your endocrine system starts barking instruction to your muscle cells to start producing a bunch of hormones known as irisin, also known as the “exercise hormone”
Question Guy “excuse me so what does irisin do exactly and why is it ?”
Apparently this irisin - think of him as this arsonist that goes around torching fat cells with ‘kerosene’, now this ‘kerosene’ is a protein called UCP1. when irisin isn’t walking around lighting up fats he is busy fertilizing and farming neurons (basically the more neurons you have the more computing power your brain has). this ‘fertilizer’ is another type of proteins called BDNF and it has been known to prevent or slow down the development of Alzheimer’s and Parkinson’s
Dr Mark Tarnopolsky found that in studies where blood is drawn immediately after people exercised, researchers have found that many positive changes occur throughout the body during and right after a workout. “Going for a run is going to improve your skin health, your eye health, your gonadal health,” he says. “It’s unbelievable.” If there were a drug that could do for human health everything that exercise can, it would likely be the most valuable pharmaceutical ever developed.
and before you say ‘what the hell is gonadal’ if you are reading this you are probably not exercising and make it a point to do yourself a favour, get off your fat ass and start to move some muscles. for me I keep these little suckers i’d like to call my pocket gym in the office so that i could burn some fuel between emails and reports…. don’t underestimate squats and stretches my friend, they are tuckable, portable and reliable & not gonna cost a limb+arm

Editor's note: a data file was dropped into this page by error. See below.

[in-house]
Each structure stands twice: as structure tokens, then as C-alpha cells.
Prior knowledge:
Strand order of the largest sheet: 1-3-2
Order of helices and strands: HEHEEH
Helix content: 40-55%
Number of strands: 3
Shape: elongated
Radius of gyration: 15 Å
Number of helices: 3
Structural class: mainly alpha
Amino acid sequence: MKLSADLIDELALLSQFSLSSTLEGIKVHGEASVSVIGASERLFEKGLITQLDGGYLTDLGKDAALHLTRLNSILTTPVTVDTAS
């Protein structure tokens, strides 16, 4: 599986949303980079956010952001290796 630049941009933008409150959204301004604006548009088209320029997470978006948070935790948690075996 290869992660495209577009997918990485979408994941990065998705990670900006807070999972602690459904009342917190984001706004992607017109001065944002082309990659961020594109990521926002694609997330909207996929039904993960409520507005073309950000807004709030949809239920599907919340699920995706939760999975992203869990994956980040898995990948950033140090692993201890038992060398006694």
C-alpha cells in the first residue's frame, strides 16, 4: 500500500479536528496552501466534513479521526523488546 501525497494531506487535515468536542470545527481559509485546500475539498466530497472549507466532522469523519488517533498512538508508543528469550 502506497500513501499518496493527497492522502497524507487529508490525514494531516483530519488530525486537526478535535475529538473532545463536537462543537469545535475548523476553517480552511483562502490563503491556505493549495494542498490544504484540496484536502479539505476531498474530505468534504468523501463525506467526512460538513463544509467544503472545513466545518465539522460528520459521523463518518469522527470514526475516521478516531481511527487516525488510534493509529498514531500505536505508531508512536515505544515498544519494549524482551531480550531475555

btw …. gonadal : noun, Anatomy. 1.a sex gland in which gametes are produced; an ovary or testis.)
Now with regards to INTENSITY, an important note
…to his amazement, the workouts resulted in identical improvements in heart function and blood-sugar control, even though one workout was five times longer than the other. “If you’re willing and able to push hard, you can get away with surprisingly little exercise,” Gibala says.
Not everyone can–or wants to–do this kind of excruciating workout, often referred to as high-intensity interval training, or HIIT. Many of us would gladly bounce around in Zumba class for an hour to avoid enduring even a minute of HIIT torture. But considering that a lack of time is the №1 reason people say they don’t exercise, a workout far shorter than what’s generally recommended could be a strong motivator. Gibala, for his part, is wondering if the workout can get even shorter. He’s even played around with the idea of a one-minute workout.
one minute workout???? now that is very enticing. like what Tim Ferriss explores in The 4-Hour Body essentially you are playing around with the intensity of the workout you can yield varying results, and the essence of the chapter about ‘burning’ away those fats is in the trickery you master in deceiving your body’s cargo-man “insulin” into instructing the body to divert glucose from food to muscles instead of storing them as fat. if there is only one thing you take away from this blog, and i totally buy into this idea since since the effort to rewards ration is so magnanimous, it is this…
“The more muscular gates we have open before insulin triggers the same GLUT-4 on the surface of fat cells, the more we can put calories in muscle instead of fat”.
Hardbounded : intense contractions (exercise 60–90 seconds before and after meals is all you need to open those “gates” and allow these cargo to be allocated to them muscles)